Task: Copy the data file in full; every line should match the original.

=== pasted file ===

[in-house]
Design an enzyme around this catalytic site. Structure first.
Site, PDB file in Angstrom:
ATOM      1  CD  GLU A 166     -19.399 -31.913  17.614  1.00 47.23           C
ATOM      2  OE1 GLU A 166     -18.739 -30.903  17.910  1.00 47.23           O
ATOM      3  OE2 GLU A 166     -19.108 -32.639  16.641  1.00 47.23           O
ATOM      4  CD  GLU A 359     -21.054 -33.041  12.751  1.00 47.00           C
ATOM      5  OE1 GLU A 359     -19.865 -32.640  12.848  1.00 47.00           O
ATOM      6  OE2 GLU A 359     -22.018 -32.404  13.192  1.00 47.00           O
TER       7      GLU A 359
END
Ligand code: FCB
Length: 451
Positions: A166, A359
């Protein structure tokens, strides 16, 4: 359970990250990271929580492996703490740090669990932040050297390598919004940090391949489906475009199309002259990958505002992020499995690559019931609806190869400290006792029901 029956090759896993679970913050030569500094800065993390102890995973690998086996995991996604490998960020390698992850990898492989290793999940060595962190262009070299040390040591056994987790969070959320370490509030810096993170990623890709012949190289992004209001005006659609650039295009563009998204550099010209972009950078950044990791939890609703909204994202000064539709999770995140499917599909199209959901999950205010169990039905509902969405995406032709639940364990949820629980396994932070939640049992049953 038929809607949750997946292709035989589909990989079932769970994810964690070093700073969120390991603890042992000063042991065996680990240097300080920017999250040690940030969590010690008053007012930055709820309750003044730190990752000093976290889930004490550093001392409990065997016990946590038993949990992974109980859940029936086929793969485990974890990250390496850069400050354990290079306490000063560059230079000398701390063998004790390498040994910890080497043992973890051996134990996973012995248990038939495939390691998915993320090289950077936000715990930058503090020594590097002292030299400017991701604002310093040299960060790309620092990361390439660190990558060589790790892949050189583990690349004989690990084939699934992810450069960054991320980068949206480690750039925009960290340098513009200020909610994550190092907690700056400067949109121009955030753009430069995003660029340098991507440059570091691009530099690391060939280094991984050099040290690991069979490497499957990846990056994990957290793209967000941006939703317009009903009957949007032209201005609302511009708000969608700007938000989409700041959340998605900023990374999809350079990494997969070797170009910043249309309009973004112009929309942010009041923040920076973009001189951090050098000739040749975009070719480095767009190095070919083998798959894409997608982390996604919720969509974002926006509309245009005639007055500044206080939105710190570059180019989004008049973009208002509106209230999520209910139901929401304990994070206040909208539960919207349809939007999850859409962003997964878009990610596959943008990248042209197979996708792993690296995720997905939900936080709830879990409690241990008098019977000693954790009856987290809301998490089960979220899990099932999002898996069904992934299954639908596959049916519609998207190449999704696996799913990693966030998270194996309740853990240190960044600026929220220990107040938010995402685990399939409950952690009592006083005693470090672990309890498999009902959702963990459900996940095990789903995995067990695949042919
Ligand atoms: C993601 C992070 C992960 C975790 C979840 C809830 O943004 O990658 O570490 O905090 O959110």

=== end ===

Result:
[in-house]
Design an enzyme around this catalytic site. Structure first.
Site, PDB file in Angstrom:
ATOM      1  CD  GLU A 166     -19.399 -31.913  17.614  1.00 47.23           C
ATOM      2  OE1 GLU A 166     -18.739 -30.903  17.910  1.00 47.23           O
ATOM      3  OE2 GLU A 166     -19.108 -32.639  16.641  1.00 47.23           O
ATOM      4  CD  GLU A 359     -21.054 -33.041  12.751  1.00 47.00           C
ATOM      5  OE1 GLU A 359     -19.865 -32.640  12.848  1.00 47.00           O
ATOM      6  OE2 GLU A 359     -22.018 -32.404  13.192  1.00 47.00           O
TER       7      GLU A 359
END
Ligand code: FCB
Length: 451
Positions: A166, A359
């Protein structure tokens, strides 16, 4: 359970990250990271929580492996703490740090669990932040050297390598919004940090391949489906475009199309002259990958505002992020499995690559019931609806190869400290006792029901 029956090759896993679970913050030569500094800065993390102890995973690998086996995991996604490998960020390698992850990898492989290793999940060595962190262009070299040390040591056994987790969070959320370490509030810096993170990623890709012949190289992004209001005006659609650039295009563009998204550099010209972009950078950044990791939890609703909204994202000064539709999770995140499917599909199209959901999950205010169990039905509902969405995406032709639940364990949820629980396994932070939640049992049953 038929809607949750997946292709035989589909990989079932769970994810964690070093700073969120390991603890042992000063042991065996680990240097300080920017999250040690940030969590010690008053007012930055709820309750003044730190990752000093976290889930004490550093001392409990065997016990946590038993949990992974109980859940029936086929793969485990974890990250390496850069400050354990290079306490000063560059230079000398701390063998004790390498040994910890080497043992973890051996134990996973012995248990038939495939390691998915993320090289950077936000715990930058503090020594590097002292030299400017991701604002310093040299960060790309620092990361390439660190990558060589790790892949050189583990690349004989690990084939699934992810450069960054991320980068949206480690750039925009960290340098513009200020909610994550190092907690700056400067949109121009955030753009430069995003660029340098991507440059570091691009530099690391060939280094991984050099040290690991069979490497499957990846990056994990957290793209967000941006939703317009009903009957949007032209201005609302511009708000969608700007938000989409700041959340998605900023990374999809350079990494997969070797170009910043249309309009973004112009929309942010009041923040920076973009001189951090050098000739040749975009070719480095767009190095070919083998798959894409997608982390996604919720969509974002926006509309245009005639007055500044206080939105710190570059180019989004008049973009208002509106209230999520209910139901929401304990994070206040909208539960919207349809939007999850859409962003997964878009990610596959943008990248042209197979996708792993690296995720997905939900936080709830879990409690241990008098019977000693954790009856987290809301998490089960979220899990099932999002898996069904992934299954639908596959049916519609998207190449999704696996799913990693966030998270194996309740853990240190960044600026929220220990107040938010995402685990399939409950952690009592006083005693470090672990309890498999009902959702963990459900996940095990789903995995067990695949042919
Ligand atoms: C993601 C992070 C992960 C975790 C979840 C809830 O943004 O990658 O570490 O905090 O959110």